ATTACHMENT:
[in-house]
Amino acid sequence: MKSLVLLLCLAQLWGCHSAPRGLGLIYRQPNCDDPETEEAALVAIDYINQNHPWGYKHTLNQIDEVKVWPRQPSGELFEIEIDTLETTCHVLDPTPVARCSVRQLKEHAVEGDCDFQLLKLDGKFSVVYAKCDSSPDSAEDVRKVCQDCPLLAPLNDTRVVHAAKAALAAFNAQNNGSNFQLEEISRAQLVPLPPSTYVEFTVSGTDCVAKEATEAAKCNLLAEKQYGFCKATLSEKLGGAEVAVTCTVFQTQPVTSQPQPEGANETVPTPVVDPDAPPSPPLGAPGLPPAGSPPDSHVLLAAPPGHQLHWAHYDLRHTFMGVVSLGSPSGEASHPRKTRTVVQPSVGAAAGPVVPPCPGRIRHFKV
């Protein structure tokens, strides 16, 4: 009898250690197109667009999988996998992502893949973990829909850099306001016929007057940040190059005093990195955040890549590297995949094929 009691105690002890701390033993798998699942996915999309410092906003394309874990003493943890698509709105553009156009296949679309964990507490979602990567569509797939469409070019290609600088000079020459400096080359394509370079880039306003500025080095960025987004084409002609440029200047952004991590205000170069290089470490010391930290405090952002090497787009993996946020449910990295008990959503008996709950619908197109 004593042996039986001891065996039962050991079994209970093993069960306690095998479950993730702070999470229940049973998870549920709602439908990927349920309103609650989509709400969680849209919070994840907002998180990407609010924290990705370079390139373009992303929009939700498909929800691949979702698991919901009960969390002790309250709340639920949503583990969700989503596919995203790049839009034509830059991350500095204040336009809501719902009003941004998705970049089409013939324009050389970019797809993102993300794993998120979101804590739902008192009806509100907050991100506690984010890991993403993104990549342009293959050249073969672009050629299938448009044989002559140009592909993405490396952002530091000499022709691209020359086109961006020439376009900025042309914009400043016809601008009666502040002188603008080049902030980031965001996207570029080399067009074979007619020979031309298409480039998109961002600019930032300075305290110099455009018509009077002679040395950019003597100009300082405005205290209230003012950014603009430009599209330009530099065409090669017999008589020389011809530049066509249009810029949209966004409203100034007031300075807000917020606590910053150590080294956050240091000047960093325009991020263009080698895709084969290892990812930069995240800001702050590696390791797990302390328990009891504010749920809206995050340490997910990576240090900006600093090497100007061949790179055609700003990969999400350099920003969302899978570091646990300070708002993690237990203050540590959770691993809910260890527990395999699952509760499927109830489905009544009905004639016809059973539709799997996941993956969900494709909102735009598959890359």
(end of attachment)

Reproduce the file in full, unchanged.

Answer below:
[in-house]
Amino acid sequence: MKSLVLLLCLAQLWGCHSAPRGLGLIYRQPNCDDPETEEAALVAIDYINQNHPWGYKHTLNQIDEVKVWPRQPSGELFEIEIDTLETTCHVLDPTPVARCSVRQLKEHAVEGDCDFQLLKLDGKFSVVYAKCDSSPDSAEDVRKVCQDCPLLAPLNDTRVVHAAKAALAAFNAQNNGSNFQLEEISRAQLVPLPPSTYVEFTVSGTDCVAKEATEAAKCNLLAEKQYGFCKATLSEKLGGAEVAVTCTVFQTQPVTSQPQPEGANETVPTPVVDPDAPPSPPLGAPGLPPAGSPPDSHVLLAAPPGHQLHWAHYDLRHTFMGVVSLGSPSGEASHPRKTRTVVQPSVGAAAGPVVPPCPGRIRHFKV
């Protein structure tokens, strides 16, 4: 009898250690197109667009999988996998992502893949973990829909850099306001016929007057940040190059005093990195955040890549590297995949094929 009691105690002890701390033993798998699942996915999309410092906003394309874990003493943890698509709105553009156009296949679309964990507490979602990567569509797939469409070019290609600088000079020459400096080359394509370079880039306003500025080095960025987004084409002609440029200047952004991590205000170069290089470490010391930290405090952002090497787009993996946020449910990295008990959503008996709950619908197109 004593042996039986001891065996039962050991079994209970093993069960306690095998479950993730702070999470229940049973998870549920709602439908990927349920309103609650989509709400969680849209919070994840907002998180990407609010924290990705370079390139373009992303929009939700498909929800691949979702698991919901009960969390002790309250709340639920949503583990969700989503596919995203790049839009034509830059991350500095204040336009809501719902009003941004998705970049089409013939324009050389970019797809993102993300794993998120979101804590739902008192009806509100907050991100506690984010890991993403993104990549342009293959050249073969672009050629299938448009044989002559140009592909993405490396952002530091000499022709691209020359086109961006020439376009900025042309914009400043016809601008009666502040002188603008080049902030980031965001996207570029080399067009074979007619020979031309298409480039998109961002600019930032300075305290110099455009018509009077002679040395950019003597100009300082405005205290209230003012950014603009430009599209330009530099065409090669017999008589020389011809530049066509249009810029949209966004409203100034007031300075807000917020606590910053150590080294956050240091000047960093325009991020263009080698895709084969290892990812930069995240800001702050590696390791797990302390328990009891504010749920809206995050340490997910990576240090900006600093090497100007061949790179055609700003990969999400350099920003969302899978570091646990300070708002993690237990203050540590959770691993809910260890527990395999699952509760499927109830489905009544009905004639016809059973539709799997996941993956969900494709909102735009598959890359």